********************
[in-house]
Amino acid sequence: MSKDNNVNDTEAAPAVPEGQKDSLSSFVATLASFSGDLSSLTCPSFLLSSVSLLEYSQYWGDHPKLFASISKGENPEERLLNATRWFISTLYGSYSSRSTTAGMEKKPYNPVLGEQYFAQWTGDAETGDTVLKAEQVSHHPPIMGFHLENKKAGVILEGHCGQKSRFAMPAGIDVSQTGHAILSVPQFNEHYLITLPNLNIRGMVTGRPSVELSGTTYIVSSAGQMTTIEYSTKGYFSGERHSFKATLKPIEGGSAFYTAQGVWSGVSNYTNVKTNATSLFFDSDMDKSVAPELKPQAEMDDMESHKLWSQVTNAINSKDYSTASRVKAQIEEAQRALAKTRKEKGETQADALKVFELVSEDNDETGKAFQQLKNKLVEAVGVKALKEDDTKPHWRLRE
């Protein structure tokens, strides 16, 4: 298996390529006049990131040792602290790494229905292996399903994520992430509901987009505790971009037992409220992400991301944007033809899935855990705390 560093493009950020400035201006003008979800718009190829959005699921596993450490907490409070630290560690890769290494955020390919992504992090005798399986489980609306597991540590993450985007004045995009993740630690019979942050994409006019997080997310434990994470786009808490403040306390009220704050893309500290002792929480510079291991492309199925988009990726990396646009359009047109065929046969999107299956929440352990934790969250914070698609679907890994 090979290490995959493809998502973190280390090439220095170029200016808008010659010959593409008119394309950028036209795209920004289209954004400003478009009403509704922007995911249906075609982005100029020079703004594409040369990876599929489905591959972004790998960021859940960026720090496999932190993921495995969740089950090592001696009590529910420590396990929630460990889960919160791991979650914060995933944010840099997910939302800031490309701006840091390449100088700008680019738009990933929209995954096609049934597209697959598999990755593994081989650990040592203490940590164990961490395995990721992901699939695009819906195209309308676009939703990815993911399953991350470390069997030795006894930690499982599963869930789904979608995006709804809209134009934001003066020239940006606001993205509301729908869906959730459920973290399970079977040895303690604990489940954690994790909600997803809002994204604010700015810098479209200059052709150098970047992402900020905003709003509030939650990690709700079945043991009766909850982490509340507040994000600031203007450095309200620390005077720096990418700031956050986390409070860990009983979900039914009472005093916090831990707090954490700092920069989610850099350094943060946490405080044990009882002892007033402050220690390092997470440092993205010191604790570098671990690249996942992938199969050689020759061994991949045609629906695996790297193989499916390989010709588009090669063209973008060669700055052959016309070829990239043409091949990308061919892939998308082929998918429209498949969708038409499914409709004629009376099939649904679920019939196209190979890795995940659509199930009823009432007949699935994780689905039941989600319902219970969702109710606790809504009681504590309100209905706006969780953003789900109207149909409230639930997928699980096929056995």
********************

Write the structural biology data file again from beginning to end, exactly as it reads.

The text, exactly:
[in-house]
Amino acid sequence: MSKDNNVNDTEAAPAVPEGQKDSLSSFVATLASFSGDLSSLTCPSFLLSSVSLLEYSQYWGDHPKLFASISKGENPEERLLNATRWFISTLYGSYSSRSTTAGMEKKPYNPVLGEQYFAQWTGDAETGDTVLKAEQVSHHPPIMGFHLENKKAGVILEGHCGQKSRFAMPAGIDVSQTGHAILSVPQFNEHYLITLPNLNIRGMVTGRPSVELSGTTYIVSSAGQMTTIEYSTKGYFSGERHSFKATLKPIEGGSAFYTAQGVWSGVSNYTNVKTNATSLFFDSDMDKSVAPELKPQAEMDDMESHKLWSQVTNAINSKDYSTASRVKAQIEEAQRALAKTRKEKGETQADALKVFELVSEDNDETGKAFQQLKNKLVEAVGVKALKEDDTKPHWRLRE
């Protein structure tokens, strides 16, 4: 298996390529006049990131040792602290790494229905292996399903994520992430509901987009505790971009037992409220992400991301944007033809899935855990705390 560093493009950020400035201006003008979800718009190829959005699921596993450490907490409070630290560690890769290494955020390919992504992090005798399986489980609306597991540590993450985007004045995009993740630690019979942050994409006019997080997310434990994470786009808490403040306390009220704050893309500290002792929480510079291991492309199925988009990726990396646009359009047109065929046969999107299956929440352990934790969250914070698609679907890994 090979290490995959493809998502973190280390090439220095170029200016808008010659010959593409008119394309950028036209795209920004289209954004400003478009009403509704922007995911249906075609982005100029020079703004594409040369990876599929489905591959972004790998960021859940960026720090496999932190993921495995969740089950090592001696009590529910420590396990929630460990889960919160791991979650914060995933944010840099997910939302800031490309701006840091390449100088700008680019738009990933929209995954096609049934597209697959598999990755593994081989650990040592203490940590164990961490395995990721992901699939695009819906195209309308676009939703990815993911399953991350470390069997030795006894930690499982599963869930789904979608995006709804809209134009934001003066020239940006606001993205509301729908869906959730459920973290399970079977040895303690604990489940954690994790909600997803809002994204604010700015810098479209200059052709150098970047992402900020905003709003509030939650990690709700079945043991009766909850982490509340507040994000600031203007450095309200620390005077720096990418700031956050986390409070860990009983979900039914009472005093916090831990707090954490700092920069989610850099350094943060946490405080044990009882002892007033402050220690390092997470440092993205010191604790570098671990690249996942992938199969050689020759061994991949045609629906695996790297193989499916390989010709588009090669063209973008060669700055052959016309070829990239043409091949990308061919892939998308082929998918429209498949969708038409499914409709004629009376099939649904679920019939196209190979890795995940659509199930009823009432007949699935994780689905039941989600319902219970969702109710606790809504009681504590309100209905706006969780953003789900109207149909409230639930997928699980096929056995």